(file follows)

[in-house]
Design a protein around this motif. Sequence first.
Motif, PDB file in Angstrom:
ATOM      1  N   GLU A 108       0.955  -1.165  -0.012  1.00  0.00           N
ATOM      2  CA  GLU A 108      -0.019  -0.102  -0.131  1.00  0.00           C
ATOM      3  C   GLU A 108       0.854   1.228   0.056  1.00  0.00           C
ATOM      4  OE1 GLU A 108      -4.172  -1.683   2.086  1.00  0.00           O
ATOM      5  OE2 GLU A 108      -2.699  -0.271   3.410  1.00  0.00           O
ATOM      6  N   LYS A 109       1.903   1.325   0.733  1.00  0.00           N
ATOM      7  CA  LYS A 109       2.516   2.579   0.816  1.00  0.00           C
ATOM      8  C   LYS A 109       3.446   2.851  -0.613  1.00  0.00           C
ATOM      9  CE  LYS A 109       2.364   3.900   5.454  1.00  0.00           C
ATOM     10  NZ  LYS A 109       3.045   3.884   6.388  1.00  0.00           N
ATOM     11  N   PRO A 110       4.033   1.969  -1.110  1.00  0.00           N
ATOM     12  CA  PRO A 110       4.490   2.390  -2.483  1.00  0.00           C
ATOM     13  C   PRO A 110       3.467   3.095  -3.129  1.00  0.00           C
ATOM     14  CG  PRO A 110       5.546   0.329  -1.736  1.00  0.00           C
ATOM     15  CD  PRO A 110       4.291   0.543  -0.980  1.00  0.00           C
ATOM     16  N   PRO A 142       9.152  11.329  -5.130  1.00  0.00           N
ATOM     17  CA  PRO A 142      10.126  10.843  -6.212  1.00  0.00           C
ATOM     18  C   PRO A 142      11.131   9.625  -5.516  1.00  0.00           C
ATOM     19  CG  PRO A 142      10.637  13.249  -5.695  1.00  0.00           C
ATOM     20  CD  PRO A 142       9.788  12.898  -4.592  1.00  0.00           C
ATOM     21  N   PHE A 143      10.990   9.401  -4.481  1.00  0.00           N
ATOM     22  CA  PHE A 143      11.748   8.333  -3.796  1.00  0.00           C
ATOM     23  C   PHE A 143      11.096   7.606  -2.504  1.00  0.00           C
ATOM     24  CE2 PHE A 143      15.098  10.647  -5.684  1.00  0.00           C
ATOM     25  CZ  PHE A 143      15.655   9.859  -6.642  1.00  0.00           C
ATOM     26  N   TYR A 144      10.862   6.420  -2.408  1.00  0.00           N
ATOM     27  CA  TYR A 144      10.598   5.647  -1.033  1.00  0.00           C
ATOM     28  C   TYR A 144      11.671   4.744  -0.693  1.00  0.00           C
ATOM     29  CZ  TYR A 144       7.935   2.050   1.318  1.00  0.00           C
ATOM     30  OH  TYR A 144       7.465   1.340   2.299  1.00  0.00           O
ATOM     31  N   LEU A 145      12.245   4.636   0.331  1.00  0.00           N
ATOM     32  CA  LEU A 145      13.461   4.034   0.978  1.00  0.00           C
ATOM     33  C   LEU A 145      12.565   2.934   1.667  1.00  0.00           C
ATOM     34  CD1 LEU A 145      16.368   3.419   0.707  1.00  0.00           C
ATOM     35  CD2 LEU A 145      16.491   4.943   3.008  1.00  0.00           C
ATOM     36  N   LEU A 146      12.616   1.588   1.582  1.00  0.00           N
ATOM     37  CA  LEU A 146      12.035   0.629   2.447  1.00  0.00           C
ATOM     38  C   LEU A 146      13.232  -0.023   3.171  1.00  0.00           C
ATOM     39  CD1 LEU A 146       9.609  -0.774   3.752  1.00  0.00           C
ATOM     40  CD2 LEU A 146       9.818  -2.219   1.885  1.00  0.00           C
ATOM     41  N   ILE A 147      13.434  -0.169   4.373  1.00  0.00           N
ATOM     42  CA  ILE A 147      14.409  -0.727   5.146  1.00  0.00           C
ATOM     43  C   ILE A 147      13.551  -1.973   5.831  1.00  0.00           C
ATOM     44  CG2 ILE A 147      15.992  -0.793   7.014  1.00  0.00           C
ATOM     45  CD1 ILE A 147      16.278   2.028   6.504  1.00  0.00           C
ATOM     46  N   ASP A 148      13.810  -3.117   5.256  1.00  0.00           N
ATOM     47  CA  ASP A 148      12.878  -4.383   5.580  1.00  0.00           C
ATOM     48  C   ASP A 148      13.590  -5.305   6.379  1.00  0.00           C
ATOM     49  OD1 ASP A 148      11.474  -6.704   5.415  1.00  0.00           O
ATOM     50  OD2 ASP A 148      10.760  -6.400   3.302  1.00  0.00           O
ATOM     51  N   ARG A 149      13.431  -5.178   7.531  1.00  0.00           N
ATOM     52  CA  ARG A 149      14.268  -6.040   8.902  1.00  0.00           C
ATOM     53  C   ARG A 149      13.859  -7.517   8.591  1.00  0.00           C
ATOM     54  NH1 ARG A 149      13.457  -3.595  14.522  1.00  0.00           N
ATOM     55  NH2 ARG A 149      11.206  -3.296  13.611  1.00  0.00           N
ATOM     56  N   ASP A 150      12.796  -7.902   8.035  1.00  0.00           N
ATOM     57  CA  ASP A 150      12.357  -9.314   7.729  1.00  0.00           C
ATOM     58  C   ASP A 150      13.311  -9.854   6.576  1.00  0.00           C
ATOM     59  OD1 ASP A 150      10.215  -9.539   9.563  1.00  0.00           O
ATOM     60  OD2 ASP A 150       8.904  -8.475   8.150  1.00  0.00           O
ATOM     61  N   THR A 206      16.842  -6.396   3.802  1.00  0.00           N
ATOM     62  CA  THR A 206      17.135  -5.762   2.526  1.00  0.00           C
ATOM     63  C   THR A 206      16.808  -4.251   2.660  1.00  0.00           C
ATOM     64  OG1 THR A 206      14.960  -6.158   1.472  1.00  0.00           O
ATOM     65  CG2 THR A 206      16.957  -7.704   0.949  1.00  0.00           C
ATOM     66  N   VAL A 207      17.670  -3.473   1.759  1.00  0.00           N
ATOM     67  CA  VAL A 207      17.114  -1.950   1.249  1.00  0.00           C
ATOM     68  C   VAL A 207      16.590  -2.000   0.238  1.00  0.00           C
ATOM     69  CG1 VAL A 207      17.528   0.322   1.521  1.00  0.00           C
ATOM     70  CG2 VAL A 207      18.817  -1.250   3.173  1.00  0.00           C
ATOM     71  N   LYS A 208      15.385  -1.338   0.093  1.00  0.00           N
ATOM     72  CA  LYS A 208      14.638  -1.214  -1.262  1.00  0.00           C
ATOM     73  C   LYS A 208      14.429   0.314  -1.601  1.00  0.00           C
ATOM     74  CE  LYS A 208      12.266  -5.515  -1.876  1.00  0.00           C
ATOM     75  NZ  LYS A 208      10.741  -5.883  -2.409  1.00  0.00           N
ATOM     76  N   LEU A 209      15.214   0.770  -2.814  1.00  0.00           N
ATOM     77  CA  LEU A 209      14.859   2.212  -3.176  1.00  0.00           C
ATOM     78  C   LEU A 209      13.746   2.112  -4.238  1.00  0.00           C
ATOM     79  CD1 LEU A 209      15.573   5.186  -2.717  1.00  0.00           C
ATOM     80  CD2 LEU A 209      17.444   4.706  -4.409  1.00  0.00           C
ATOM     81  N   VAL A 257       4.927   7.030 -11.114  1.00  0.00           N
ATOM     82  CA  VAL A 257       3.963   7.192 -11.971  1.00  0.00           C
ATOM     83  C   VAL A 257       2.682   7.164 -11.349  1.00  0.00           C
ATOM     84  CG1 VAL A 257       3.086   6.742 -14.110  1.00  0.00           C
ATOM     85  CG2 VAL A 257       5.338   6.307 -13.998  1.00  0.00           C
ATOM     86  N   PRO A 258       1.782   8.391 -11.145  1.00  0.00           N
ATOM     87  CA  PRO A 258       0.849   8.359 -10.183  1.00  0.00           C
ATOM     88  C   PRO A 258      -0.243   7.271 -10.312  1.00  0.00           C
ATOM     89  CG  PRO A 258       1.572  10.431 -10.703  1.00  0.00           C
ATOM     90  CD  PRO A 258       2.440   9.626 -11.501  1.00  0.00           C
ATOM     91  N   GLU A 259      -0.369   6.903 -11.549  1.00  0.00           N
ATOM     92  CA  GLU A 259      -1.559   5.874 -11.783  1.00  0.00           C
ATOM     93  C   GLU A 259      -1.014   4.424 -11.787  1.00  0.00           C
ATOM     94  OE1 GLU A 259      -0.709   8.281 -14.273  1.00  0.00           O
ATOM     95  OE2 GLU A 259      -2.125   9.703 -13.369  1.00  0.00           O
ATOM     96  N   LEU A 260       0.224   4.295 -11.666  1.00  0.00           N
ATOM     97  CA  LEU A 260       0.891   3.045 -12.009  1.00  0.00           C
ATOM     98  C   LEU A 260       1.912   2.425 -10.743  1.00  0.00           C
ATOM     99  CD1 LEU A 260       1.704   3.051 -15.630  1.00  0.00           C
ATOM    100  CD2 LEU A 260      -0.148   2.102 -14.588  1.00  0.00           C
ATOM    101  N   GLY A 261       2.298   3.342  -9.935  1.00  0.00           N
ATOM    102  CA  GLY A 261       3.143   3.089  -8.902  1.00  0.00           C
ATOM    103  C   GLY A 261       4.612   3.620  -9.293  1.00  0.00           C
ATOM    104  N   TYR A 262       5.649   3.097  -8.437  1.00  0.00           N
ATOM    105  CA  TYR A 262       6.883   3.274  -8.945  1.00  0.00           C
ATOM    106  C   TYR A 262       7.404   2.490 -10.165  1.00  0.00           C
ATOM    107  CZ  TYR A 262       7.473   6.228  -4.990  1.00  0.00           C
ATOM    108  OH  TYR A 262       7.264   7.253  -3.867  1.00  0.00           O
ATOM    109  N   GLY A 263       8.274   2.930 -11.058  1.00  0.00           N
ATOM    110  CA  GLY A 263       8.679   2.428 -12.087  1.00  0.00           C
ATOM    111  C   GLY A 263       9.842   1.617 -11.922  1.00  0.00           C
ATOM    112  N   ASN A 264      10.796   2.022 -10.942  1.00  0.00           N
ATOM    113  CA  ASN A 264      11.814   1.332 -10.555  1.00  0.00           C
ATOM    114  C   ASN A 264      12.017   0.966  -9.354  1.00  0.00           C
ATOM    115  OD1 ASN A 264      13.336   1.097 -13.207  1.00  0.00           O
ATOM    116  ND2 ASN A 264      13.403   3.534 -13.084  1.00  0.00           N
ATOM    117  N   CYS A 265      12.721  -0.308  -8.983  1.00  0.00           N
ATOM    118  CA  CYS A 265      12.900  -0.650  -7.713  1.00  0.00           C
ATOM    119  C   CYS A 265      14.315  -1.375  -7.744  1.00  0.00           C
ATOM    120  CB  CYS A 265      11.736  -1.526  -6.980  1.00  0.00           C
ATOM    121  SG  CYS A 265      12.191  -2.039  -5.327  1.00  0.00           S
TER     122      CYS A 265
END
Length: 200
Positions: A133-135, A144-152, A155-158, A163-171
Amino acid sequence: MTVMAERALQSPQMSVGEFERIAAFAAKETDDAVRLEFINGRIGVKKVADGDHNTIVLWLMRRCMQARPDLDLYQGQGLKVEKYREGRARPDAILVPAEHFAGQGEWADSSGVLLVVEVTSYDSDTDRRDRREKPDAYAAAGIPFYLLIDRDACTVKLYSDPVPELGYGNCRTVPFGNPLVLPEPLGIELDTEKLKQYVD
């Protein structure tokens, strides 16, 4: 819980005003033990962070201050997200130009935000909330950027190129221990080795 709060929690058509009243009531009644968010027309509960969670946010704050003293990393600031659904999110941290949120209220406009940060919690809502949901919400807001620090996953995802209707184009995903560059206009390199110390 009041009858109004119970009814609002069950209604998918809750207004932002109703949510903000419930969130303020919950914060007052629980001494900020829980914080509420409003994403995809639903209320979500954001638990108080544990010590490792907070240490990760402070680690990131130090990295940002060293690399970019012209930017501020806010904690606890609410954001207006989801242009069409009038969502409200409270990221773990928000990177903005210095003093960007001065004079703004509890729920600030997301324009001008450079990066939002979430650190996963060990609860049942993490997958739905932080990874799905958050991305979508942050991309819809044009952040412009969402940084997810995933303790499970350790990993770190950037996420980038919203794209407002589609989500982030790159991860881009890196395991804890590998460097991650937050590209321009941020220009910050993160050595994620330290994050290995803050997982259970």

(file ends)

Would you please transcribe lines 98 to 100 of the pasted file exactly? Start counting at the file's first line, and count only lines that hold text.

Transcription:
ATOM     95  OE2 GLU A 259      -2.125   9.703 -13.369  1.00  0.00           O
ATOM     96  N   LEU A 260       0.224   4.295 -11.666  1.00  0.00           N
ATOM     97  CA  LEU A 260       0.891   3.045 -12.009  1.00  0.00           C